Almost all horses have big, beautiful eyes. Unlike their riders, they never wink nor scowl, so if your horse has one eye partially or completely closed, it means something is wrong.
This is known as blepharospasm — it is obvious when the eye is totally shut, but can be harder to appreciate when it is more subtle, unless careful comparison is made between the eyes.
Another clue is photophobia, which is when a horse avoids bright light and is more comfortable in a darkened environment. Such a horse will squint in sunlight or screw the eyelid shut when a light is shone into the eye.
Another sign that something is wrong is profuse tear production or lacrimation. At first, the eye may just water more than normal, but if secondary bacterial infection develops, there will be pus in the discharge. It is all too easy to become accustomed to seeing a slight discharge, particularly associated with flies in summer and dusty stables in winter. As a result, a more significant discharge is sometimes ignored.
Beware of using whatever eye ointment is still sitting at the back of the tackroom cupboard. Eye treatments go off and should never be kept just in case they might be useful: what might be ideal for treating one condition could make another worse, so be cautious and check with your vet first.
What can be done?
If a horse is in obvious discomfort, with its eyelid tightly closed, do not force the eye open. By trying to do so, you could inadvertently apply sufficient pressure to rupture a severely damaged eye. If there is any cause for concern, contact your vet.
Leave the detailed examination to the vet, who can use topical anaesthesia, nerve blocks and sedatives to relax the horse and alleviate the discomfort. Once the pain is removed, the horse may open its eye and be more amenable to examination. The upper eyelid can then be lifted to see the structures underneath.
In addition to looking for external injuries, the vet will also check the internal structures of the eye, usually with a pen torch and an ophthalmoscope, and sometimes more sophisticated kit. This is best carried out in a darkened box. Drops may be put in the eye to dilate the pupil so the inside can be seen in more detail. The vet may carry out a number of other tests, depending on the problem being investigated.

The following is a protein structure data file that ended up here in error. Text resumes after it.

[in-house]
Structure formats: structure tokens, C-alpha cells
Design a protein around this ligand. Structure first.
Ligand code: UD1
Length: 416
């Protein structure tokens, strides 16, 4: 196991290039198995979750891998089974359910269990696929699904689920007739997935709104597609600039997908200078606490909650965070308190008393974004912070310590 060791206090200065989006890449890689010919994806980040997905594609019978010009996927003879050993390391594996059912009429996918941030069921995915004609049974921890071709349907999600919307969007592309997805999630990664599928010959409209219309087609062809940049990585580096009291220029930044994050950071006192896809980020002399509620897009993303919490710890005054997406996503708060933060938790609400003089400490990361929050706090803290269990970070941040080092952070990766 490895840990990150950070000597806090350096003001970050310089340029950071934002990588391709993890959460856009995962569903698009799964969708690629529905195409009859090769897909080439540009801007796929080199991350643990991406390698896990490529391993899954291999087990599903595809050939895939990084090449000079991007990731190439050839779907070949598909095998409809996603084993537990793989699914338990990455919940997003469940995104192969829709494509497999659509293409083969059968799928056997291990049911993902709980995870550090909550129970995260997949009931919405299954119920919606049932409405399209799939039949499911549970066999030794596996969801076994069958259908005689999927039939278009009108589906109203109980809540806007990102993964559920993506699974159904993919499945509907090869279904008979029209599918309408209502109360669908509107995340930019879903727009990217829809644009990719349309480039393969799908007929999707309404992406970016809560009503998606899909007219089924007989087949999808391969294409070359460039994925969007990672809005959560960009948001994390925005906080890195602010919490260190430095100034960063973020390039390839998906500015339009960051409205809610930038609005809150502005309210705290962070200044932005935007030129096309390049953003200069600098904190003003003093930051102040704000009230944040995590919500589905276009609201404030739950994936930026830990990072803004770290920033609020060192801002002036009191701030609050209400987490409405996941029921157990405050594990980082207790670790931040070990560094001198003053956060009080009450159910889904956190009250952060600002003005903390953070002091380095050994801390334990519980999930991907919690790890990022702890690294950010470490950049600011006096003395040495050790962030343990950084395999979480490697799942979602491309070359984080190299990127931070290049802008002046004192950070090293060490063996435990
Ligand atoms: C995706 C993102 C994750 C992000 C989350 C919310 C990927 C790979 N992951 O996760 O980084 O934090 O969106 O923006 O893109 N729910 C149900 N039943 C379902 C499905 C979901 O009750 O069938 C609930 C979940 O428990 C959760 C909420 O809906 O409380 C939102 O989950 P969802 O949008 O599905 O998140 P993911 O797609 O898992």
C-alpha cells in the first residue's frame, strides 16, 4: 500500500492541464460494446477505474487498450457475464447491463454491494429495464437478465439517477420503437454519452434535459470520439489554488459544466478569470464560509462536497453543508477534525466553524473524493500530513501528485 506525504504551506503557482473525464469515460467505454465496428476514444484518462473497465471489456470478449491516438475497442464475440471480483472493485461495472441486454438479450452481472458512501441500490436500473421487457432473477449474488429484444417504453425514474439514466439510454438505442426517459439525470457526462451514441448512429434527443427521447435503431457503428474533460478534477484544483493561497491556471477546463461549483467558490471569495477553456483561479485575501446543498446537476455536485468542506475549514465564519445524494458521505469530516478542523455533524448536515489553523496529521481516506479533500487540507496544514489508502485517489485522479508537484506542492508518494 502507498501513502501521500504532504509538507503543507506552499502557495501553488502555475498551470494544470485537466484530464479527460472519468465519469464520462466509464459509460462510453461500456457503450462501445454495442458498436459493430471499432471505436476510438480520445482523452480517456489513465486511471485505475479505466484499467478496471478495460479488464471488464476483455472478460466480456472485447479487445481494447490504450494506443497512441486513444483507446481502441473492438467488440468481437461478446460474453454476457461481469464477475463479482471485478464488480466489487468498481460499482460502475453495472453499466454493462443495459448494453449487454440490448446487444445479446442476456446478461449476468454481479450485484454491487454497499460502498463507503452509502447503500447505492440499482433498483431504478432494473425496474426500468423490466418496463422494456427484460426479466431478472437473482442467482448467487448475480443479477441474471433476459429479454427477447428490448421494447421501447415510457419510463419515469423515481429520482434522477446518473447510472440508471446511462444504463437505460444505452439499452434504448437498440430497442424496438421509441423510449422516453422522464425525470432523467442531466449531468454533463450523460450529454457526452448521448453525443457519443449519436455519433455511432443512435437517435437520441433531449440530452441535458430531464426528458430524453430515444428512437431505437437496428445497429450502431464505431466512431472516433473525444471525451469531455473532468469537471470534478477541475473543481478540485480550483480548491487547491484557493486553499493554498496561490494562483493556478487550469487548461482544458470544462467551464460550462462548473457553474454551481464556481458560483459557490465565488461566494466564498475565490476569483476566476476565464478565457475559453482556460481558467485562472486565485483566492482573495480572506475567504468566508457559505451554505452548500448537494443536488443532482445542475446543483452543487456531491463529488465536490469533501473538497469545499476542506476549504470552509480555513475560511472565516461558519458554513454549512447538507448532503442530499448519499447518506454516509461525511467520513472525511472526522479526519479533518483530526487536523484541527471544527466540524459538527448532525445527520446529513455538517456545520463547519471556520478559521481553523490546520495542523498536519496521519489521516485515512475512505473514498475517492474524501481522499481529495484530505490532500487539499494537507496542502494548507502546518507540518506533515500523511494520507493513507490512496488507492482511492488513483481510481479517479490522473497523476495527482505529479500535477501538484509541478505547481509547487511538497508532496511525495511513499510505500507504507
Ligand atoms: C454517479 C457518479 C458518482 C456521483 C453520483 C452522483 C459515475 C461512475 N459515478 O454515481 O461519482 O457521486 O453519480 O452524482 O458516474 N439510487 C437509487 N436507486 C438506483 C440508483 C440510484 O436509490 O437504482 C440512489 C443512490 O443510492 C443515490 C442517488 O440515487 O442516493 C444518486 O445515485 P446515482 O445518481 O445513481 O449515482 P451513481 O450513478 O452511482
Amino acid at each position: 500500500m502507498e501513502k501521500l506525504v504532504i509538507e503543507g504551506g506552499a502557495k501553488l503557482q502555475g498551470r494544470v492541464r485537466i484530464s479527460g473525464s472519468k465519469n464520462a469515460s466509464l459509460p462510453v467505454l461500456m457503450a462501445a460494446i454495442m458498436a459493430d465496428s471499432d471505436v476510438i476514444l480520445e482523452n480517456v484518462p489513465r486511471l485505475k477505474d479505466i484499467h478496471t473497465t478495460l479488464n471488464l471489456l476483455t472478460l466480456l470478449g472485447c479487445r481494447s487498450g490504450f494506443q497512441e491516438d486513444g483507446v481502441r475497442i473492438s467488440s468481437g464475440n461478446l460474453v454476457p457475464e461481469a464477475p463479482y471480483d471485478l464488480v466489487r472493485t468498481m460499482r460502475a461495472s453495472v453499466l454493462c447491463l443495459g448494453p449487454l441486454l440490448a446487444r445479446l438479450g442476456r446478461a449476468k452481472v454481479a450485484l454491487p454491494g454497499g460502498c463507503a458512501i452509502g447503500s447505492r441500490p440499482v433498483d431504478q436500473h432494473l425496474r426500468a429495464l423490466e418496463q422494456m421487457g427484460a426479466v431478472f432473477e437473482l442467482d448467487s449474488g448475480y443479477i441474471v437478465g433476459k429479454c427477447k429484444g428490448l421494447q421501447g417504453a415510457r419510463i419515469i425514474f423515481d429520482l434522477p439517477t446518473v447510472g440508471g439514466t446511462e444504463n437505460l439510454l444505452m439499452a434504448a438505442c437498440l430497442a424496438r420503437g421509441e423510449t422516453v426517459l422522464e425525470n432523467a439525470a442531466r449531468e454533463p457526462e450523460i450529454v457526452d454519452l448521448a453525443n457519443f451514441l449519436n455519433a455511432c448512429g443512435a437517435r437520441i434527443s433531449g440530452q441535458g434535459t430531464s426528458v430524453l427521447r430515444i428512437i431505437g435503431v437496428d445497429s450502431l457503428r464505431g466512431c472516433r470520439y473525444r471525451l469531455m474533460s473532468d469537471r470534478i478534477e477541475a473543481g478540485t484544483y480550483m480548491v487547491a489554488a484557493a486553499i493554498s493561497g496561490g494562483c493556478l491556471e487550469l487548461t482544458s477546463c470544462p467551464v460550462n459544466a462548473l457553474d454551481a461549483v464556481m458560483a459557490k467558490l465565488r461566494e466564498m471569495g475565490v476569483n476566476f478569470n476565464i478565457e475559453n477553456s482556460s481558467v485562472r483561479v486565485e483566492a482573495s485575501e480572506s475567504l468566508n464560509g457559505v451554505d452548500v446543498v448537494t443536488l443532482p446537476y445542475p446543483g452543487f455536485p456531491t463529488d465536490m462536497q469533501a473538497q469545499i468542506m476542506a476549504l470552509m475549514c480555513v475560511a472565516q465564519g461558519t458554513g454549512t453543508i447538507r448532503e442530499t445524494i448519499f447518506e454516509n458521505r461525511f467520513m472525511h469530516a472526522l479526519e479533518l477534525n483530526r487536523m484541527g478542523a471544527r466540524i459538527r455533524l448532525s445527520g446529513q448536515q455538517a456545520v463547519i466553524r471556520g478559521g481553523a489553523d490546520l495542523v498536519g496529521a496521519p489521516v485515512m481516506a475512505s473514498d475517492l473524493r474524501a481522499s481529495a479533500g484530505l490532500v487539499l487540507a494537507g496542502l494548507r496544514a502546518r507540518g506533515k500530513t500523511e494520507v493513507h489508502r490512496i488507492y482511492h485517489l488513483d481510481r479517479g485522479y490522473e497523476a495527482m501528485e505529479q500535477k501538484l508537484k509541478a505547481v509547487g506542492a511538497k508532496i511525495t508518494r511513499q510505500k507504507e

What is most likely to be wrong?
Many common equine eye conditions affect the cornea, which is the clear window at the front of the eye. If this is not healthy, this essential optical barrier goes cloudy and when it is no longer transparent the horse simply cannot see out. The cornea is frighteningly fragile, being only about 1mm thick and prone to injury simply because the equine eye is in such a vulnerable position.
The horse’s ability to move its head rapidly can easily result in trauma. It is impressive that equine eyes ever survive undamaged. This is because the horse has inbuilt protective mechanisms, including a strong blink reflex that closes the eyelid before the eye hits something.
Another hazard for horses is dirt and dust getting into the eye. When you have something in your eye, you can fish it out. It is not so simple if you are a horse with hooves — you have to rely on the natural tear film to wash debris away. This means foreign bodies such as hayseeds and hairs can linger and cause serious damage to the eye surface, which can lead to an ulcer forming.